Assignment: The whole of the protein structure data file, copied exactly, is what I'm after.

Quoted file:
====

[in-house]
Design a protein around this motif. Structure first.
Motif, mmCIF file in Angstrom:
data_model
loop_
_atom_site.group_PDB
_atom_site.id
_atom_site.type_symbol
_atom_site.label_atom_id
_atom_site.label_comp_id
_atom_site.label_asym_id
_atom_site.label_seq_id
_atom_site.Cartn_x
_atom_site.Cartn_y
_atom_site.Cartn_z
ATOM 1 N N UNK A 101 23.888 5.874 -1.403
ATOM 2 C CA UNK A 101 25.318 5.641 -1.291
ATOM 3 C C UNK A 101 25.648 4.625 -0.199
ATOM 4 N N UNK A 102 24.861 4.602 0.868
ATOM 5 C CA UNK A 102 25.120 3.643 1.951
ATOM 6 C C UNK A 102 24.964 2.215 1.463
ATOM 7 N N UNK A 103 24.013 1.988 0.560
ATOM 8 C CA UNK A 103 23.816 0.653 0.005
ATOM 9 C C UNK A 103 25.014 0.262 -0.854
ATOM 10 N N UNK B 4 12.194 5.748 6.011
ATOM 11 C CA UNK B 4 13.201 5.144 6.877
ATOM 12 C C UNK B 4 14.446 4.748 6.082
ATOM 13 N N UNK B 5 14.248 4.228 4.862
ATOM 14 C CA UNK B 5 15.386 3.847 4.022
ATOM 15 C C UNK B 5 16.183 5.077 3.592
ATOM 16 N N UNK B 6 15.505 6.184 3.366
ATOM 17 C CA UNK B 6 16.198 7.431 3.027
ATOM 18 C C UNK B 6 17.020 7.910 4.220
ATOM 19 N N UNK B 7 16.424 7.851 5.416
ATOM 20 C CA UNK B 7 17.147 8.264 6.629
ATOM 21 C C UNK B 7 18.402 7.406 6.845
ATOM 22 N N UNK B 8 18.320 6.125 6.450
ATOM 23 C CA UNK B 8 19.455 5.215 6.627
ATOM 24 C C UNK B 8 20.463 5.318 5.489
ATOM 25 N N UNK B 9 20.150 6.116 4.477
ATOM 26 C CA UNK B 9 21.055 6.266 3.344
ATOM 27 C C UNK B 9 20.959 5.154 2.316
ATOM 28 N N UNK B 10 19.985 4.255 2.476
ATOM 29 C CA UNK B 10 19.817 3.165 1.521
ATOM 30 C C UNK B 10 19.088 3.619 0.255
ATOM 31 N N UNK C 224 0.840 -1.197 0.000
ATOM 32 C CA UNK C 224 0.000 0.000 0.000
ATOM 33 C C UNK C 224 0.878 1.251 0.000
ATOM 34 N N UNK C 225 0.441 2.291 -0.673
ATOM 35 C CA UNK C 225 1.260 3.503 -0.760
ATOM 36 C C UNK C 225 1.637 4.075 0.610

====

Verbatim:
[in-house]
Design a protein around this motif. Structure first.
Motif, mmCIF file in Angstrom:
data_model
loop_
_atom_site.group_PDB
_atom_site.id
_atom_site.type_symbol
_atom_site.label_atom_id
_atom_site.label_comp_id
_atom_site.label_asym_id
_atom_site.label_seq_id
_atom_site.Cartn_x
_atom_site.Cartn_y
_atom_site.Cartn_z
ATOM 1 N N UNK A 101 23.888 5.874 -1.403
ATOM 2 C CA UNK A 101 25.318 5.641 -1.291
ATOM 3 C C UNK A 101 25.648 4.625 -0.199
ATOM 4 N N UNK A 102 24.861 4.602 0.868
ATOM 5 C CA UNK A 102 25.120 3.643 1.951
ATOM 6 C C UNK A 102 24.964 2.215 1.463
ATOM 7 N N UNK A 103 24.013 1.988 0.560
ATOM 8 C CA UNK A 103 23.816 0.653 0.005
ATOM 9 C C UNK A 103 25.014 0.262 -0.854
ATOM 10 N N UNK B 4 12.194 5.748 6.011
ATOM 11 C CA UNK B 4 13.201 5.144 6.877
ATOM 12 C C UNK B 4 14.446 4.748 6.082
ATOM 13 N N UNK B 5 14.248 4.228 4.862
ATOM 14 C CA UNK B 5 15.386 3.847 4.022
ATOM 15 C C UNK B 5 16.183 5.077 3.592
ATOM 16 N N UNK B 6 15.505 6.184 3.366
ATOM 17 C CA UNK B 6 16.198 7.431 3.027
ATOM 18 C C UNK B 6 17.020 7.910 4.220
ATOM 19 N N UNK B 7 16.424 7.851 5.416
ATOM 20 C CA UNK B 7 17.147 8.264 6.629
ATOM 21 C C UNK B 7 18.402 7.406 6.845
ATOM 22 N N UNK B 8 18.320 6.125 6.450
ATOM 23 C CA UNK B 8 19.455 5.215 6.627
ATOM 24 C C UNK B 8 20.463 5.318 5.489
ATOM 25 N N UNK B 9 20.150 6.116 4.477
ATOM 26 C CA UNK B 9 21.055 6.266 3.344
ATOM 27 C C UNK B 9 20.959 5.154 2.316
ATOM 28 N N UNK B 10 19.985 4.255 2.476
ATOM 29 C CA UNK B 10 19.817 3.165 1.521
ATOM 30 C C UNK B 10 19.088 3.619 0.255
ATOM 31 N N UNK C 224 0.840 -1.197 0.000
ATOM 32 C CA UNK C 224 0.000 0.000 0.000
ATOM 33 C C UNK C 224 0.878 1.251 0.000
ATOM 34 N N UNK C 225 0.441 2.291 -0.673
ATOM 35 C CA UNK C 225 1.260 3.503 -0.760
ATOM 36 C C UNK C 225 1.637 4.075 0.610